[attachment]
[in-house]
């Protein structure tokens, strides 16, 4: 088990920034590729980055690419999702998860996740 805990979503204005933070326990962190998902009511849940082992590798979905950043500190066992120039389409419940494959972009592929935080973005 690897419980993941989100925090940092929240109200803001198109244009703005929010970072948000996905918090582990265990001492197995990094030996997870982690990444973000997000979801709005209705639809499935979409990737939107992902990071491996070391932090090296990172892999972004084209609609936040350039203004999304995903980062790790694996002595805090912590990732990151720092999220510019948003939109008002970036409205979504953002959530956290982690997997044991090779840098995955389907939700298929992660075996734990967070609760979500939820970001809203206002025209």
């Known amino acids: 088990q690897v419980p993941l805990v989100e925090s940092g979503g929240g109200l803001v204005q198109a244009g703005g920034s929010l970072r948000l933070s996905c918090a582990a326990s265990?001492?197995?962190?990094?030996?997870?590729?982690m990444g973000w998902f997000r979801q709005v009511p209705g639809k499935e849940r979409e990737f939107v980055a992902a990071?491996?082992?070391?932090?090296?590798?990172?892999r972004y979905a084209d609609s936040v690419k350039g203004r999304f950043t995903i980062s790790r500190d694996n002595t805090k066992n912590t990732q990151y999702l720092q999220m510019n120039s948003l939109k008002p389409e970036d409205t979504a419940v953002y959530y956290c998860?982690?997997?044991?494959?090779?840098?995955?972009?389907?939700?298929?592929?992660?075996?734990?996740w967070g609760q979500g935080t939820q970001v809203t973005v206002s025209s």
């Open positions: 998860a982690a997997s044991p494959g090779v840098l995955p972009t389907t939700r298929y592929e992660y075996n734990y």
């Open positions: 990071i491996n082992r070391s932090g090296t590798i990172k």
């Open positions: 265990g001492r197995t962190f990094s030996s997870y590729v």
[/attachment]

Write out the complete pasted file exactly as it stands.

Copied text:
[in-house]
């Protein structure tokens, strides 16, 4: 088990920034590729980055690419999702998860996740 805990979503204005933070326990962190998902009511849940082992590798979905950043500190066992120039389409419940494959972009592929935080973005 690897419980993941989100925090940092929240109200803001198109244009703005929010970072948000996905918090582990265990001492197995990094030996997870982690990444973000997000979801709005209705639809499935979409990737939107992902990071491996070391932090090296990172892999972004084209609609936040350039203004999304995903980062790790694996002595805090912590990732990151720092999220510019948003939109008002970036409205979504953002959530956290982690997997044991090779840098995955389907939700298929992660075996734990967070609760979500939820970001809203206002025209």
């Known amino acids: 088990q690897v419980p993941l805990v989100e925090s940092g979503g929240g109200l803001v204005q198109a244009g703005g920034s929010l970072r948000l933070s996905c918090a582990a326990s265990?001492?197995?962190?990094?030996?997870?590729?982690m990444g973000w998902f997000r979801q709005v009511p209705g639809k499935e849940r979409e990737f939107v980055a992902a990071?491996?082992?070391?932090?090296?590798?990172?892999r972004y979905a084209d609609s936040v690419k350039g203004r999304f950043t995903i980062s790790r500190d694996n002595t805090k066992n912590t990732q990151y999702l720092q999220m510019n120039s948003l939109k008002p389409e970036d409205t979504a419940v953002y959530y956290c998860?982690?997997?044991?494959?090779?840098?995955?972009?389907?939700?298929?592929?992660?075996?734990?996740w967070g609760q979500g935080t939820q970001v809203t973005v206002s025209s």
């Open positions: 998860a982690a997997s044991p494959g090779v840098l995955p972009t389907t939700r298929y592929e992660y075996n734990y």
């Open positions: 990071i491996n082992r070391s932090g090296t590798i990172k």
């Open positions: 265990g001492r197995t962190f990094s030996s997870y590729v």